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Find the Jacobian $\partial(x, y) / \partial(u, v)$ of the transformation

\begin{equation}

\begin{array}{l}{\text { a. } x=u \cos v, \quad y=u \sin v} \\ {\text { b. } x=u \sin v, \quad y=u \cos v.}\end{array}

\end{equation}

The Jacobian of a two variable transformation is found from the determinant of the following matrix.

\begin{vmatrix}

\frac{\delta x}{\delta \mathcal{u}} & \frac{\delta x}{\delta \mathcal{v}}\\

\frac{\delta y}{\delta \mathcal{u}} & \frac{\delta y}{\delta \mathcal{v}}

\end{vmatrix}

Using the definition of the determinant we find

\begin{equation}

\begin{vmatrix}

\frac{\delta x}{\delta \mathcal{u}} & \frac{\delta x}{\delta \mathcal{v}}\\

\frac{\delta y}{\delta \mathcal{u}} & \frac{\delta y}{\delta \mathcal{v}}

\end{vmatrix} = \frac{\delta x}{\delta u}\frac{\delta y}{\delta v} - \frac{\delta y}{\delta u}\frac{\delta x}{\delta v}

\end{equation}

Next Calculate all the partial derivatives.

\begin{align}

\frac{\delta x}{\delta u} = \frac{\delta}{\delta u}u\cos(v) = \cos(v) \\

\frac{\delta y}{\delta v} = \frac{\delta}{\delta v}u\sin(v) = u\cos(v) \\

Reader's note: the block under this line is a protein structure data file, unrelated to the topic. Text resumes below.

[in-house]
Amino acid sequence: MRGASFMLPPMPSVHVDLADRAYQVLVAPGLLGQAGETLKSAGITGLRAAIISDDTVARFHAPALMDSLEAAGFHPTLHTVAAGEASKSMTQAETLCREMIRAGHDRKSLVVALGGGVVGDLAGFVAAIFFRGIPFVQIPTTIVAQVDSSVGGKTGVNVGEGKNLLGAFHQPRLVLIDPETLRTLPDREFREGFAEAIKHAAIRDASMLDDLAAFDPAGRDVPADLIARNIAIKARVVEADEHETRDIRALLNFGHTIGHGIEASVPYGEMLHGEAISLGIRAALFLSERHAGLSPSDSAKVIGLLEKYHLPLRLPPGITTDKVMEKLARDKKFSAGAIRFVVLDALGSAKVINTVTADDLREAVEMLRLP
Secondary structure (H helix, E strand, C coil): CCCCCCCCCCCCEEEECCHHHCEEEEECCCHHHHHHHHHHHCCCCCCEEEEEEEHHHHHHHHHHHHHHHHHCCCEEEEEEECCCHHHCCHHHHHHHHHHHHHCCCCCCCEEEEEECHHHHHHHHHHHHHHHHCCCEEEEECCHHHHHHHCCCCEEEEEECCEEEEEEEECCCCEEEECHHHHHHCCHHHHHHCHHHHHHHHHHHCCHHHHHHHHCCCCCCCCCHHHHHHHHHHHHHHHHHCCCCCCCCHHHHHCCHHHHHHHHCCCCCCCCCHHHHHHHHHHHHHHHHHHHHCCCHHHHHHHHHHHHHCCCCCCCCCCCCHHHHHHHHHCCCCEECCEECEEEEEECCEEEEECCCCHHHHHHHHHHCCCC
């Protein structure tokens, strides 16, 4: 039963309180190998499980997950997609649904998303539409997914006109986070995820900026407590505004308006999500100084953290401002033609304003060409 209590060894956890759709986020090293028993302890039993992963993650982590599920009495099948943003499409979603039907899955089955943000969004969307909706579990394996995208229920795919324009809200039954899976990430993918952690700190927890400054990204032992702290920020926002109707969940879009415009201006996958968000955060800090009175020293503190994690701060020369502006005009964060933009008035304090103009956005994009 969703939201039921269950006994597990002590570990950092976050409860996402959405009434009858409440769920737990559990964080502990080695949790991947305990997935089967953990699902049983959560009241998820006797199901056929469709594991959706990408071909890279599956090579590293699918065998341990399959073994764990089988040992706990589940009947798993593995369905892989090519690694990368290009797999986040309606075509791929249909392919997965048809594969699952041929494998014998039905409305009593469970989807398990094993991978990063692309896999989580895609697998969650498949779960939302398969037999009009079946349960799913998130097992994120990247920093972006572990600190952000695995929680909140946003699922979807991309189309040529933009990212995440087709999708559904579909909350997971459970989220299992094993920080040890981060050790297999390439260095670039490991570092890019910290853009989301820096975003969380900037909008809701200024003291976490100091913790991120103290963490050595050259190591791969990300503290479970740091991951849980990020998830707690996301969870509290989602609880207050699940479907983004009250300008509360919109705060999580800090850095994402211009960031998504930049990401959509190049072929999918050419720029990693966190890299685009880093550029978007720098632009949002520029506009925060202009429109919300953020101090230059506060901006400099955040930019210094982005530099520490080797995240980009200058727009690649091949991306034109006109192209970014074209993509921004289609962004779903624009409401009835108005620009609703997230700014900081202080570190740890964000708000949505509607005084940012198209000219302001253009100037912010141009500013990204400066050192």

\frac{\delta y}{\delta u} = \frac{\delta}{\delta u}u\sin(v) = \sin(v)\\

\frac{\delta x}{\delta v} = \frac{\delta}{\delta v}u\cos(v) = -u\cos(v)\\

\end{align}

Now substitute and calculate the answer.

\begin{equation*}

\frac{\delta x}{\delta u}\frac{\delta y}{\delta v} - \frac{\delta y}{\delta v}\frac{\delta x}{\delta v} = u\cos(v)\cos(v) -[-u\sin(v)\sin(v)]

\end{equation*}

Simplify using the trig identity

\begin{equation}

\cos^2(x) + \sin^2(x) = 1

\end{equation}

\begin{equation}

u[\cos^2(v) + \sin^2(v)] = u

\end{equation}

\[

\boxed{\mathcal{J}(u,v) = u}

\]

Following this same process for part b) gives us the following

\begin{align}

\frac{\delta x}{\delta u} = \frac{\delta}{\delta u}u\sin(v) = \sin(v) \\

\frac{\delta y}{\delta v} = \frac{\delta}{\delta v}u\cos(v) = -u\sin(v) \\